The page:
State Street Corp. (STT), the third-largest custody bank, said second-quarter profit rose 5.4 percent after equity markets rallied, lifting assets and the fees they generate.
Net income increased to $602 million, or $1.38 a share, from $571 million, or $1.24, a year earlier, the Boston-based company said today in a statement. The company disclosed today that regulatory compliance costs for 2014 will “significantly exceed” its prior estimate of $30 million to $40 million, without providing a new estimate.
“They reported very strong net new business, both in custody and asset management,” James Shanahan, an analyst at Edward Jones & Co. in St. Louis, said today in an interview. “But this guidance on expenses really caught the market by surprise and is clearly trumping all that good news.”
State Street has relied on cost cutting and stock-market gains to overcome the negative impact of low interest rates, which hurt the ability of custody banks to earn money on lending and investing activities. Operating expenses are expected to climb by $20 million in the third quarter compared with the three months ended June 30, Chief Financial Officer Michael W. Bell said during a conference call with analysts.
State Street rose 0.5 percent to close at $70.07 in New York trading. It has dropped 4.5 percent this year, worst among the three biggest U.S. custody banks. Bank of New York Mellon Corp., the world’s largest custody bank, gained 12 percent this year and Northern Trust Corp., the third-biggest independent custody bank, climbed 6.8 percent.
“Our goal is to be fully compliant with all the rules and with regulators’ expectations,” Chief Executive Officer Joseph L. Hooley said today in an interview. “We’ve been pretty transparent about that.”
Hooley said State Street would ultimately gain more than it loses from increased regulatory requirements because it makes money helping clients comply with tougher rules.
“In the past, times of significant change in regulation have created the biggest impetus for growth in our businesses,” he said.
Excluding some costs, State Street’s operating basis net income was $1.39 a share, compared with the $1.26 a share estimate of 19 analysts surveyed by Bloomberg.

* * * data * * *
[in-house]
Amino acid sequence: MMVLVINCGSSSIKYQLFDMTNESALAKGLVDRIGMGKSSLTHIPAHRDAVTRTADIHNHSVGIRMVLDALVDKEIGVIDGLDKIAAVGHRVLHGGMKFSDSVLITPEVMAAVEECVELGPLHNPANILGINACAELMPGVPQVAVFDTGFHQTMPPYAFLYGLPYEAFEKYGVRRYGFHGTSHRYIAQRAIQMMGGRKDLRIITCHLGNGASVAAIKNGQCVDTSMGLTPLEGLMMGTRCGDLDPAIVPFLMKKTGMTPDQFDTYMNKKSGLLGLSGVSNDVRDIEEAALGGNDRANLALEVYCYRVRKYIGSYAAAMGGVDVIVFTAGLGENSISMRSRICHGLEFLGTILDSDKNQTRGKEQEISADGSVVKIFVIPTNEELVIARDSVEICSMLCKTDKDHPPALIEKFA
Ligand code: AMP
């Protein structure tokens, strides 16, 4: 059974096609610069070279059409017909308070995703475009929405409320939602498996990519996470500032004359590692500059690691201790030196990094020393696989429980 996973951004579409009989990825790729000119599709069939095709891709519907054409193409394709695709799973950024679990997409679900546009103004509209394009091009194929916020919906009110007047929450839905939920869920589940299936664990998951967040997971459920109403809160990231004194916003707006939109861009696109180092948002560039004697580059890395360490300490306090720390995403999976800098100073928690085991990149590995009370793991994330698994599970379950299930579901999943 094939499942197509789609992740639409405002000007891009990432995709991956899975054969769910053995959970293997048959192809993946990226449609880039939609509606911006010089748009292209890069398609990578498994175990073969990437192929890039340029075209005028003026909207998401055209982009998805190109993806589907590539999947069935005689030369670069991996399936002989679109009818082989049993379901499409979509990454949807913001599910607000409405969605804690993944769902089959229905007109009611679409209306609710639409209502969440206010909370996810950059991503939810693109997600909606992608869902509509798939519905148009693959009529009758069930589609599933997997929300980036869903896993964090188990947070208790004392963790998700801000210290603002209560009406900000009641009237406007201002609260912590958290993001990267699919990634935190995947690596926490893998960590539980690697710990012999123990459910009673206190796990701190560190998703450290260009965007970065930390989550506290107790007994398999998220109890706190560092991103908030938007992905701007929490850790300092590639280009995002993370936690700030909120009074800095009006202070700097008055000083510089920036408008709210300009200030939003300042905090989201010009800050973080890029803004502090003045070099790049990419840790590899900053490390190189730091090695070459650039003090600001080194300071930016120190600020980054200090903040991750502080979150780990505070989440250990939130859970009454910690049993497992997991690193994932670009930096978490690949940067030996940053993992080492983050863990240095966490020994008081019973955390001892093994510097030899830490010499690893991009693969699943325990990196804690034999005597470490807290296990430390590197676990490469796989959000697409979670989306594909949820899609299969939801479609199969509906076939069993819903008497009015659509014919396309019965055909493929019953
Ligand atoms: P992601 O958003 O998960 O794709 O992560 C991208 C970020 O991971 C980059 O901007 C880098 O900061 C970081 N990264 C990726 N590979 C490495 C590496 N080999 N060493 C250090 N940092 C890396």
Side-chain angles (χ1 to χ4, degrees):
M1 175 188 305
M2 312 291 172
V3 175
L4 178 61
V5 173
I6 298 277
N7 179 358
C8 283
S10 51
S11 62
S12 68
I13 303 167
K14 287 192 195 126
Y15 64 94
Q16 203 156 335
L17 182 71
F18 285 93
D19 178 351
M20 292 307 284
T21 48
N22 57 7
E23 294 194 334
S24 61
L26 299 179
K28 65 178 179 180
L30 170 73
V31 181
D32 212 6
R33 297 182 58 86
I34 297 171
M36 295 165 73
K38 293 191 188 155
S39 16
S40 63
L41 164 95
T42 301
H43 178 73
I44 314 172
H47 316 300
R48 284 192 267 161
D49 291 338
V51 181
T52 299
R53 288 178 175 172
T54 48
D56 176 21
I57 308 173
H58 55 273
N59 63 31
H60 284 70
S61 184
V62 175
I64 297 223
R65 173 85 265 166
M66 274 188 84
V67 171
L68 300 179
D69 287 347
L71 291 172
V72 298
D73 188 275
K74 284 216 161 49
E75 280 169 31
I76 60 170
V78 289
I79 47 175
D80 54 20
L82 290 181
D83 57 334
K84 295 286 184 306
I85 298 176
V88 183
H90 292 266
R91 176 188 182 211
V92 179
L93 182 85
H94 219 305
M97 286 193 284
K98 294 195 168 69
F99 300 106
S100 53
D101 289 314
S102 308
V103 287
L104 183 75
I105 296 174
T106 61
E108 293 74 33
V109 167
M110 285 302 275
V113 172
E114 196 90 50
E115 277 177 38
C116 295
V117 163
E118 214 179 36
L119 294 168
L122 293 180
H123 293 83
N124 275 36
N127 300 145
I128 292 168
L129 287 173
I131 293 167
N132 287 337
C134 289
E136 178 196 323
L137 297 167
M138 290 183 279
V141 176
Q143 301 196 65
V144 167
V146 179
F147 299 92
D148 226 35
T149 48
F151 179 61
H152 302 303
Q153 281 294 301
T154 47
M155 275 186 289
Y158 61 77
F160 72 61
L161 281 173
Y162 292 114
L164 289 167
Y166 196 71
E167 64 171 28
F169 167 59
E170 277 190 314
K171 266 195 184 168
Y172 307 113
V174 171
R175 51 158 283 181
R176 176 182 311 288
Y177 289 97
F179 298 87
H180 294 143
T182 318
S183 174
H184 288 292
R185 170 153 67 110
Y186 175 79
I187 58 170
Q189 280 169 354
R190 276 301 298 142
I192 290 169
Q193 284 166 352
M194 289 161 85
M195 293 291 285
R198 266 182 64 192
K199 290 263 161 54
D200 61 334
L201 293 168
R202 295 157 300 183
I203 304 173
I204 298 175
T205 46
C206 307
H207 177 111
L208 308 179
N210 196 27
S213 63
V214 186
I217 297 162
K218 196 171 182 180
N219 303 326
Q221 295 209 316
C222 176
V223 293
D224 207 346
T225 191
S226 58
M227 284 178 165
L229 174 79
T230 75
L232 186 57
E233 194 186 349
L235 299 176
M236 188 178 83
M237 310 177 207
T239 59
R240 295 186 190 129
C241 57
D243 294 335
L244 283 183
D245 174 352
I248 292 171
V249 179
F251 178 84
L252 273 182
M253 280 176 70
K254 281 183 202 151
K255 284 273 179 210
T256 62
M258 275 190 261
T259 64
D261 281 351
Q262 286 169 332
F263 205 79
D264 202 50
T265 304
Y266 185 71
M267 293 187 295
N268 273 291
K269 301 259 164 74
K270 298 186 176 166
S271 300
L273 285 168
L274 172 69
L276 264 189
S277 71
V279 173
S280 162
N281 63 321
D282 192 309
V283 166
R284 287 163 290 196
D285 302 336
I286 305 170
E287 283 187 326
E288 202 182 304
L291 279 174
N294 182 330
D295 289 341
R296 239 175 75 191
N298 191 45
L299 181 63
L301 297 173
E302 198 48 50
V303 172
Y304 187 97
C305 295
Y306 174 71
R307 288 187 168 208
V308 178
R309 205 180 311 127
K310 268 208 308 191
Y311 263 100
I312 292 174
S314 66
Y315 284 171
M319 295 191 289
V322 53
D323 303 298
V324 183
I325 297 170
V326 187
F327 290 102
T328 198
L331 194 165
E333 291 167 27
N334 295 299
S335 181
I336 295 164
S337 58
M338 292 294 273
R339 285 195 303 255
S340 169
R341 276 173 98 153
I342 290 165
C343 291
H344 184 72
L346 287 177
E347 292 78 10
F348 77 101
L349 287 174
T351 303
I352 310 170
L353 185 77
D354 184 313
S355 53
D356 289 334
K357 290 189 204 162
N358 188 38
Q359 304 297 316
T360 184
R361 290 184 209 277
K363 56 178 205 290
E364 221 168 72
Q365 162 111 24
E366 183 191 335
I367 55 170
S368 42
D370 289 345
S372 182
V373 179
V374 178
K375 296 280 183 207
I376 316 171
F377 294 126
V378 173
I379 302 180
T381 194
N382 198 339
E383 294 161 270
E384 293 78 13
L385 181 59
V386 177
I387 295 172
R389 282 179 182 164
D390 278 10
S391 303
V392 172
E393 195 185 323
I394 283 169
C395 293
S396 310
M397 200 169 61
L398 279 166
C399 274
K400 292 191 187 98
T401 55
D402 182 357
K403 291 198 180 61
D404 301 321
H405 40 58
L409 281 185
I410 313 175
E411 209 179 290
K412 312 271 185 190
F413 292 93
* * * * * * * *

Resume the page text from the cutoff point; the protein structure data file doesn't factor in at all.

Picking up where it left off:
The bank benefited as the MSCI ACWI Index of global stocks advanced 4.3 percent during the quarter and climbed 21 percent in the year ended June 30. Custody assets rose to $21.7 trillion, helped by $250 billion in new business, and money-management funds that surged to $2.48 trillion as clients added $18 billion.
Assets under custody increased 15 percent from a year earlier and 3.3 percent from the prior quarter. The amount of money State Street oversees for investing clients jumped 16 percent in the year ended June 30, increasing 4.2 percent in the quarter.
That helped increase the fees generated for custody and asset-management services, offsetting drops in foreign-exchange trading, brokerage fees and net interest revenue. Total revenue rose 1.6 percent to $2.6 billion. Expenses climbed 2.8 percent to $1.85 billion, driven by an increase in compensation and employee benefits.
State Street’s effective tax rate declined to 17 percent from 24 percent a year earlier, mainly because of “favorable settlements related to prior-year tax returns” and benefits related to “tax-advantaged investments,” Bell said during the analysts call.
Shanahan estimated that the temporarily lower tax rate added 10 cents a share to the quarter’s earnings.
The company repurchased $410 million in common stock in the three months ended June 30. State Street can buy back an additional $1.3 billion in shares through March 2015 under its current repurchase program.
BNY Mellon said July 18 its second-quarter profit declined 33 percent to $554 million, or 48 cents a share. Earnings were reduced by $161 million by costs related to investment funds and severance.
Custody banks keep records, track performance and lend securities for institutional investors including mutual funds, pension funds and hedge funds. State Street also manages investments for individuals and institutions.
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